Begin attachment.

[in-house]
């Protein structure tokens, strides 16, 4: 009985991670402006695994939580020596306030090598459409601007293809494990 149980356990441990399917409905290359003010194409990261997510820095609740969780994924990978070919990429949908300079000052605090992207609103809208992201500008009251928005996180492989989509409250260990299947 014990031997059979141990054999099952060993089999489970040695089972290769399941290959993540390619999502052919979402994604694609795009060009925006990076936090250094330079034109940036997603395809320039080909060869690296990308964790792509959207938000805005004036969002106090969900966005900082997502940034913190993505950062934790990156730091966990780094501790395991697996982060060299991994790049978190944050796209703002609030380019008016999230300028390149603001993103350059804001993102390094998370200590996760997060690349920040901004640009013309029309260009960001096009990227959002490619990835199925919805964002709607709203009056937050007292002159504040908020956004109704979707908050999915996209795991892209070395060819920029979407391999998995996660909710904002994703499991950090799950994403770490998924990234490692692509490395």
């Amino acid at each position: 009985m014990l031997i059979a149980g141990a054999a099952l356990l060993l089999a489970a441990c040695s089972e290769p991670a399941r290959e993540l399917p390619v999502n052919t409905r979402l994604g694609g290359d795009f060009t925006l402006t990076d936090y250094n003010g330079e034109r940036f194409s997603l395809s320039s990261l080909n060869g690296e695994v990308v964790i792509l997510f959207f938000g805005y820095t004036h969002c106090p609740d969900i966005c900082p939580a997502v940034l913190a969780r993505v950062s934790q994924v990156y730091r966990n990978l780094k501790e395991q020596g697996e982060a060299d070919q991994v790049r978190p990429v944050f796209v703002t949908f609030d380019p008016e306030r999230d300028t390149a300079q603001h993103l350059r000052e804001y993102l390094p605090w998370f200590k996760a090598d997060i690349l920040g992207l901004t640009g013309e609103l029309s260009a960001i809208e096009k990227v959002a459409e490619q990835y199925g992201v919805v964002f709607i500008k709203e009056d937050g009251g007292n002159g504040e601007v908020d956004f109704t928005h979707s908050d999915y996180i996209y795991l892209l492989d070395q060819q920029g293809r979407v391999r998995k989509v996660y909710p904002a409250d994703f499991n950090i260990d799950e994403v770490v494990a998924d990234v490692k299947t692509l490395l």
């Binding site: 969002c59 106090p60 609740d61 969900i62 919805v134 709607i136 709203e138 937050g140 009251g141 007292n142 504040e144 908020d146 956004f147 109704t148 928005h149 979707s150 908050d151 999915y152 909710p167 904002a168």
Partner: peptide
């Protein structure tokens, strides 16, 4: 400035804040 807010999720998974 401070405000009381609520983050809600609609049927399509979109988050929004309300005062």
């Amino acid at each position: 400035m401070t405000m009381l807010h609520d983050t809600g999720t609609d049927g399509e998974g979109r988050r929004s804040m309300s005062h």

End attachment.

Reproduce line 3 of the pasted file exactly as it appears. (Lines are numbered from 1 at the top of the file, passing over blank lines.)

């Amino acid at each position: 009985m014990l031997i059979a149980g141990a054999a099952l356990l060993l089999a489970a441990c040695s089972e290769p991670a399941r290959e993540l399917p390619v999502n052919t409905r979402l994604g694609g290359d795009f060009t925006l402006t990076d936090y250094n003010g330079e034109r940036f194409s997603l395809s320039s990261l080909n060869g690296e695994v990308v964790i792509l997510f959207f938000g805005y820095t004036h969002c106090p609740d969900i966005c900082p939580a997502v940034l913190a969780r993505v950062s934790q994924v990156y730091r966990n990978l780094k501790e395991q020596g697996e982060a060299d070919q991994v790049r978190p990429v944050f796209v703002t949908f609030d380019p008016e306030r999230d300028t390149a300079q603001h993103l350059r000052e804001y993102l390094p605090w998370f200590k996760a090598d997060i690349l920040g992207l901004t640009g013309e609103l029309s260009a960001i809208e096009k990227v959002a459409e490619q990835y199925g992201v919805v964002f709607i500008k709203e009056d937050g009251g007292n002159g504040e601007v908020d956004f109704t928005h979707s908050d999915y996180i996209y795991l892209l492989d070395q060819q920029g293809r979407v391999r998995k989509v996660y909710p904002a409250d994703f499991n950090i260990d799950e994403v770490v494990a998924d990234v490692k299947t692509l490395l």